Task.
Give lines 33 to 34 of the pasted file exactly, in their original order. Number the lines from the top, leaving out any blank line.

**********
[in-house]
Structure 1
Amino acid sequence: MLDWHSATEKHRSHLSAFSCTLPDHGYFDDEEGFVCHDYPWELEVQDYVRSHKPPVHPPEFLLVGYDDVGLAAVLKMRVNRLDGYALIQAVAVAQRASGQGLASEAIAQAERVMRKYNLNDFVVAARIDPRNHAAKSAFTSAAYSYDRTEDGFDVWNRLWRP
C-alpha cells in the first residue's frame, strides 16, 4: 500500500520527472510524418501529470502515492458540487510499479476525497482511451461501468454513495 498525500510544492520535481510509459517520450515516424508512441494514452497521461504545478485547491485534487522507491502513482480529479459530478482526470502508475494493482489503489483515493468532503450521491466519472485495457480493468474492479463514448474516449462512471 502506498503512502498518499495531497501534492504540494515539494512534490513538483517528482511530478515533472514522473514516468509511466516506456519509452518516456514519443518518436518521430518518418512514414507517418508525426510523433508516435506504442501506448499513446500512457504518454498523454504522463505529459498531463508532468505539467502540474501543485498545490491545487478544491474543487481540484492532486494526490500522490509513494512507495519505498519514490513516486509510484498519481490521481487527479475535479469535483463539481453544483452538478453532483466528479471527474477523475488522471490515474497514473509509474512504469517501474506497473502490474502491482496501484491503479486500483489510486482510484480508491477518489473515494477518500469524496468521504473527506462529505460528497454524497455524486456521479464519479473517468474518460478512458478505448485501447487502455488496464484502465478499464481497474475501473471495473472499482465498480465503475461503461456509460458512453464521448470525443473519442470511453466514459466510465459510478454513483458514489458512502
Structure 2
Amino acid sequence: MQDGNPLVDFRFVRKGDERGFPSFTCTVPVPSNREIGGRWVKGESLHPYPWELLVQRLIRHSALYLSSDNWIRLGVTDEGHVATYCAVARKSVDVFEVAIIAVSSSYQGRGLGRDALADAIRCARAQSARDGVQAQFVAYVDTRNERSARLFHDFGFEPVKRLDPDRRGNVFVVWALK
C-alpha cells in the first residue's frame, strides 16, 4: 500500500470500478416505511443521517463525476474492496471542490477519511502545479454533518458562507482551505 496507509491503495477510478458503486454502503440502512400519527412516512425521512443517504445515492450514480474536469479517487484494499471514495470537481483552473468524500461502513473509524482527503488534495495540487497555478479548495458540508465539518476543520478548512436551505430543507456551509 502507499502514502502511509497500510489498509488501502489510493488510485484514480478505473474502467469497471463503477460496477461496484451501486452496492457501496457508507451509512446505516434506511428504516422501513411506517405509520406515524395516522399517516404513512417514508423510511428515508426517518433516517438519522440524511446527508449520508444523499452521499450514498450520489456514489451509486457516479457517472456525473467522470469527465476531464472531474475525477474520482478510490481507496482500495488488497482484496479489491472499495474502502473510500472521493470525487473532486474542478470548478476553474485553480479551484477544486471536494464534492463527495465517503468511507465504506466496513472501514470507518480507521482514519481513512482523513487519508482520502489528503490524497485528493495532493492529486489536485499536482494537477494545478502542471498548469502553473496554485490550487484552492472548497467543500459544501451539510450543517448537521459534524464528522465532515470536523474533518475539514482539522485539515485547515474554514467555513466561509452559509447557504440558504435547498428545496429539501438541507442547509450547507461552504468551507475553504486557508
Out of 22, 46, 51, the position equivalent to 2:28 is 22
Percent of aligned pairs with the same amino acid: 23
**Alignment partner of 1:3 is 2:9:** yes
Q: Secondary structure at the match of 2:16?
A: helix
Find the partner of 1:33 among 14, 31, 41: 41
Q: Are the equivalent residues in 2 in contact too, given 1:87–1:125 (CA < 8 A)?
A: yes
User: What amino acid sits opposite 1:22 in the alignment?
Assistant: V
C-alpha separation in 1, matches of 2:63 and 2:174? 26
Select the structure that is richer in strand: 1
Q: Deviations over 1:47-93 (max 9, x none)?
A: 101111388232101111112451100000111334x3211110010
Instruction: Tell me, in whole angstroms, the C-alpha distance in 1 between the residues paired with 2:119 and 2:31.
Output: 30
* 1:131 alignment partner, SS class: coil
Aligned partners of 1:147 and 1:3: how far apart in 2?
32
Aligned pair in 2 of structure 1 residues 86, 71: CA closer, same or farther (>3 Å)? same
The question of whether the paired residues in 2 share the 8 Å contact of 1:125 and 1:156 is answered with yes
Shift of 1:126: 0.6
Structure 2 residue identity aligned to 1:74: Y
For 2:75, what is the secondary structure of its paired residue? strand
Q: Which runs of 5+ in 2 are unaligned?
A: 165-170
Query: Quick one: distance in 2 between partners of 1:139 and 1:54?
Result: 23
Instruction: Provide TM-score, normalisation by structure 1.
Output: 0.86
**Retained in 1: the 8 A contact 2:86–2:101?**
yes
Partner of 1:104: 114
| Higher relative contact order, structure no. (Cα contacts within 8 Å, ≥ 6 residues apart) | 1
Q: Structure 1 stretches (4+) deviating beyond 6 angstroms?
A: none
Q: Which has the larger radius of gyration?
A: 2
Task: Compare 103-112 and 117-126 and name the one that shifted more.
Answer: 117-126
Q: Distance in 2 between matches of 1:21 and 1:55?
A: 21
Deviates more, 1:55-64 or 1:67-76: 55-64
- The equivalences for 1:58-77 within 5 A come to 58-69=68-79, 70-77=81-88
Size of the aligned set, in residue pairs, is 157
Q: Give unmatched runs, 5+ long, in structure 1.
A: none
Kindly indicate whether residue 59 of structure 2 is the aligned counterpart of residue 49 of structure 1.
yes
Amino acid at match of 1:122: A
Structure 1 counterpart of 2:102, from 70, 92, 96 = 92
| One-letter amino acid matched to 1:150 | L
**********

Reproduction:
A: 165-170
Query: Quick one: distance in 2 between partners of 1:139 and 1:54?